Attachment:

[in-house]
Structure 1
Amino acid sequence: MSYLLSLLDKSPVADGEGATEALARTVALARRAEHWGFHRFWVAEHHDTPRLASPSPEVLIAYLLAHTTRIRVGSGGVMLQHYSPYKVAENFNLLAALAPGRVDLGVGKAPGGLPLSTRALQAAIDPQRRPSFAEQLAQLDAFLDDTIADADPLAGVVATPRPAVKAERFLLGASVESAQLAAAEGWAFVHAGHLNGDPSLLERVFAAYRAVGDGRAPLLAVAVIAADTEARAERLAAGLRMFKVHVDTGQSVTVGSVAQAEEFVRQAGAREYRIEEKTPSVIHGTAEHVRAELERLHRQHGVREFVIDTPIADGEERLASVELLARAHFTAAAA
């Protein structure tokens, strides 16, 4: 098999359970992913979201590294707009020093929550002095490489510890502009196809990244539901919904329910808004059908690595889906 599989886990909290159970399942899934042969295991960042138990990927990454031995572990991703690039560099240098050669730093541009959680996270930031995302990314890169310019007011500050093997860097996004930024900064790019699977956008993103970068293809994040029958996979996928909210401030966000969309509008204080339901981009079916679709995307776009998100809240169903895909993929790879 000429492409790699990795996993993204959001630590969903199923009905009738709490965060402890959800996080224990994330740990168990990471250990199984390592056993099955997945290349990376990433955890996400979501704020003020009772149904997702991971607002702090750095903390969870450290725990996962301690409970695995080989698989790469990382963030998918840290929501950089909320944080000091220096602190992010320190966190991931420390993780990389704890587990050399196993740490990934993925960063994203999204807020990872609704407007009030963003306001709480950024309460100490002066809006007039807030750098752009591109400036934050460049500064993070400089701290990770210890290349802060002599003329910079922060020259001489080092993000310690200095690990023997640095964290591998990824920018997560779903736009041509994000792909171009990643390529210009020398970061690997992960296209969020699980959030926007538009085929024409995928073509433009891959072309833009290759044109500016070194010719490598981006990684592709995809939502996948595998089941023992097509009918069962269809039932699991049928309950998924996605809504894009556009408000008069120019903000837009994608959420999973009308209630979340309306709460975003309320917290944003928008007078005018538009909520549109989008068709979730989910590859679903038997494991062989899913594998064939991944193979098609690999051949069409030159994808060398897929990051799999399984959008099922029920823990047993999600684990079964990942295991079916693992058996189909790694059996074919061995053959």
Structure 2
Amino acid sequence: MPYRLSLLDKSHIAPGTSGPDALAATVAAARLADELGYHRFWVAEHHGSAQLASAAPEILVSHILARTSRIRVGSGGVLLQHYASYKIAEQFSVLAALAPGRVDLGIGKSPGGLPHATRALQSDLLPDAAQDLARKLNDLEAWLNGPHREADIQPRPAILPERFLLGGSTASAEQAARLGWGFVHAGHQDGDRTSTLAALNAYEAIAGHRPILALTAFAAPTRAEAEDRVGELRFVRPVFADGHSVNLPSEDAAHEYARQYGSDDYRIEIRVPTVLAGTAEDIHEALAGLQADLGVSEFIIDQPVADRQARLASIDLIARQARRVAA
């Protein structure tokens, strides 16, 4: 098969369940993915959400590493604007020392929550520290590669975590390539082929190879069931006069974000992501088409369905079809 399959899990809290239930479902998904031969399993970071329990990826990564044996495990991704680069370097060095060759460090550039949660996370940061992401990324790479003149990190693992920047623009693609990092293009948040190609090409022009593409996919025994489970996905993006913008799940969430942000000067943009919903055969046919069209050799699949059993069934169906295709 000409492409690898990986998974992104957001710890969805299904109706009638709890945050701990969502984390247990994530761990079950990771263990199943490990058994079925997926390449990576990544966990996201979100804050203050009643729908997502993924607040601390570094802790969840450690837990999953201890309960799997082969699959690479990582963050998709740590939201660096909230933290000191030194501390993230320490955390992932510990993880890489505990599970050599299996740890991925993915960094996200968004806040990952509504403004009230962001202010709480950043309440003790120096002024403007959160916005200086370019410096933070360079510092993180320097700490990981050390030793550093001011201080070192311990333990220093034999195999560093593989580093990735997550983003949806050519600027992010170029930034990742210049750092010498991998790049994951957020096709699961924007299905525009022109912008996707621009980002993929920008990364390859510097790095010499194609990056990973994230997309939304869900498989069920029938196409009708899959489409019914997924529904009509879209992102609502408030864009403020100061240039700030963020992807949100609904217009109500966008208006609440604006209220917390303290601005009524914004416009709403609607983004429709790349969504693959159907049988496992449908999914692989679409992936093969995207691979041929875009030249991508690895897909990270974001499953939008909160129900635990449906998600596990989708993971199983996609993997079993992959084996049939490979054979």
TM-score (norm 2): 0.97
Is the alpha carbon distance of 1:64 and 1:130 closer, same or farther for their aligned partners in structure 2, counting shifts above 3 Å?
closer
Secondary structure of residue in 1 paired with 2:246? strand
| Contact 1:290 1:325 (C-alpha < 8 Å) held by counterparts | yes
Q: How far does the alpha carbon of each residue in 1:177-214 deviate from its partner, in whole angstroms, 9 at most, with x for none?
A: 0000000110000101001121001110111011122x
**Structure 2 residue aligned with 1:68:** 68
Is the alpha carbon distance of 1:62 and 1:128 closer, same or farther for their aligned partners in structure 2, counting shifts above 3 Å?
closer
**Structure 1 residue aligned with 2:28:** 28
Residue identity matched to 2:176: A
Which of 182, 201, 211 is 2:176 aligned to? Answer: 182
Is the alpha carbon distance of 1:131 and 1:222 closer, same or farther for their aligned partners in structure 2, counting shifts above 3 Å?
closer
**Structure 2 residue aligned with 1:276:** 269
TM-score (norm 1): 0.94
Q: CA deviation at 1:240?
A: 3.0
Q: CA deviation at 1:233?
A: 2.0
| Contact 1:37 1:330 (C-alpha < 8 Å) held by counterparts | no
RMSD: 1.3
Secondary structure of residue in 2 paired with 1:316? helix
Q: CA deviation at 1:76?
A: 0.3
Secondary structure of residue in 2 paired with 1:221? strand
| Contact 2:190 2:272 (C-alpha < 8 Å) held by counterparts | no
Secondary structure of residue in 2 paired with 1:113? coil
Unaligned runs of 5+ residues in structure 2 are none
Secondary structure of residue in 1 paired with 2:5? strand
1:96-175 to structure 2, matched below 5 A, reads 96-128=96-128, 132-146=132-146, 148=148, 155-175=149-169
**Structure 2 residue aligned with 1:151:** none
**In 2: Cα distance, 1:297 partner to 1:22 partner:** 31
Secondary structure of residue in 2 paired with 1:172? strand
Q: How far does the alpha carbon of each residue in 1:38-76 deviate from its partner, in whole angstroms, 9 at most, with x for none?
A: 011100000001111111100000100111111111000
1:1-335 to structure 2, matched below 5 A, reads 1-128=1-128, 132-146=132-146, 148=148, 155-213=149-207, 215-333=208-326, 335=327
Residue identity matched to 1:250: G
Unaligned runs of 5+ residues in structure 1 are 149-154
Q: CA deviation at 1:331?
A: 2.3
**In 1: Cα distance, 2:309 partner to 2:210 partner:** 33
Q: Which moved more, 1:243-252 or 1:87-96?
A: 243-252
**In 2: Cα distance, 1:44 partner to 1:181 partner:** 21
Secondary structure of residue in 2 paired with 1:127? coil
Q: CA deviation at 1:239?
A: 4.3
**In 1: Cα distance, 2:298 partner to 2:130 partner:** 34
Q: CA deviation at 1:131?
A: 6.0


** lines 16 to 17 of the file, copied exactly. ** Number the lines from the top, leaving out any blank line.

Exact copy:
Is the alpha carbon distance of 1:62 and 1:128 closer, same or farther for their aligned partners in structure 2, counting shifts above 3 Å?
closer